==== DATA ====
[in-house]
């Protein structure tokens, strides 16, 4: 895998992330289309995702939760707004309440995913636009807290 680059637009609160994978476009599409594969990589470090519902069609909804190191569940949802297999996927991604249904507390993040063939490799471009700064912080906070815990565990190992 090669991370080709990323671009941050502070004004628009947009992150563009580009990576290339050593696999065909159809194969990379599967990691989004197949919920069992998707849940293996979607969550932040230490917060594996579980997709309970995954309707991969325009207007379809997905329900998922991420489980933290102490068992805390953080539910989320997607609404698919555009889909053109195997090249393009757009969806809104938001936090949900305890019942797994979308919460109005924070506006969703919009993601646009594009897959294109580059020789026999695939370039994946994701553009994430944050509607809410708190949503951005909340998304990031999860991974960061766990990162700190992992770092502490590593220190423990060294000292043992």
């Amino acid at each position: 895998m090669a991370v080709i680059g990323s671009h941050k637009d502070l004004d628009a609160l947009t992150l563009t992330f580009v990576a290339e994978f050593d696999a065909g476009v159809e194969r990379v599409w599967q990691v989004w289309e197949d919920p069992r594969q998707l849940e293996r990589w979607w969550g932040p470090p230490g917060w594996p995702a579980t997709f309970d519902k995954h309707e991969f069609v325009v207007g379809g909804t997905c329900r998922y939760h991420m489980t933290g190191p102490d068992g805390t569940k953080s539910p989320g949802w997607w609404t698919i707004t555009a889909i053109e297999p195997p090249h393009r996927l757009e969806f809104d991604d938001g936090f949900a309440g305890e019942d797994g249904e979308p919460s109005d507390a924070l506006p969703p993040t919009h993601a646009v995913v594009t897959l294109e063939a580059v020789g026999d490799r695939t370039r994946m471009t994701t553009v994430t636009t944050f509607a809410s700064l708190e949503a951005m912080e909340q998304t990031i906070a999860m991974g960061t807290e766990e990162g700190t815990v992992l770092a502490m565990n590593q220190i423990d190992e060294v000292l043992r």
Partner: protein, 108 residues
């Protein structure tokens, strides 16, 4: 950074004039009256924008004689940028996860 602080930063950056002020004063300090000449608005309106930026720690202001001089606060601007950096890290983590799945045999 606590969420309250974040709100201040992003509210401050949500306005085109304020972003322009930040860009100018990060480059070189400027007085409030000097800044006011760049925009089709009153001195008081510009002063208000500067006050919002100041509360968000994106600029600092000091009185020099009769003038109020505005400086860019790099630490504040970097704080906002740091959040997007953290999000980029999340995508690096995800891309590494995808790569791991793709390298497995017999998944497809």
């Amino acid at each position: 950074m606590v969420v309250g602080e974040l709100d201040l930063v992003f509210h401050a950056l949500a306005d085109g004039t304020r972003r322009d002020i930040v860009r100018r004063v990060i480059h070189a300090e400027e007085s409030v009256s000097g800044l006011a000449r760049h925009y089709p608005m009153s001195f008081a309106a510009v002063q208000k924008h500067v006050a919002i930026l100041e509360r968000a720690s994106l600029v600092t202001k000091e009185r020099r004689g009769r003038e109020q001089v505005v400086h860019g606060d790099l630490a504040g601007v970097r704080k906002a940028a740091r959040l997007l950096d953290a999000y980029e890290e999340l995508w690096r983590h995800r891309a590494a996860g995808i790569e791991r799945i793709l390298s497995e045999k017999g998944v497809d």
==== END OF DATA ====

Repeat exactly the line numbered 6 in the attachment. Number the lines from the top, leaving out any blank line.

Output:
């Amino acid at each position: 950074m606590v969420v309250g602080e974040l709100d201040l930063v992003f509210h401050a950056l949500a306005d085109g004039t304020r972003r322009d002020i930040v860009r100018r004063v990060i480059h070189a300090e400027e007085s409030v009256s000097g800044l006011a000449r760049h925009y089709p608005m009153s001195f008081a309106a510009v002063q208000k924008h500067v006050a919002i930026l100041e509360r968000a720690s994106l600029v600092t202001k000091e009185r020099r004689g009769r003038e109020q001089v505005v400086h860019g606060d790099l630490a504040g601007v970097r704080k906002a940028a740091r959040l997007l950096d953290a999000y980029e890290e999340l995508w690096r983590h995800r891309a590494a996860g995808i790569e791991r799945i793709l390298s497995e045999k017999g998944v497809d």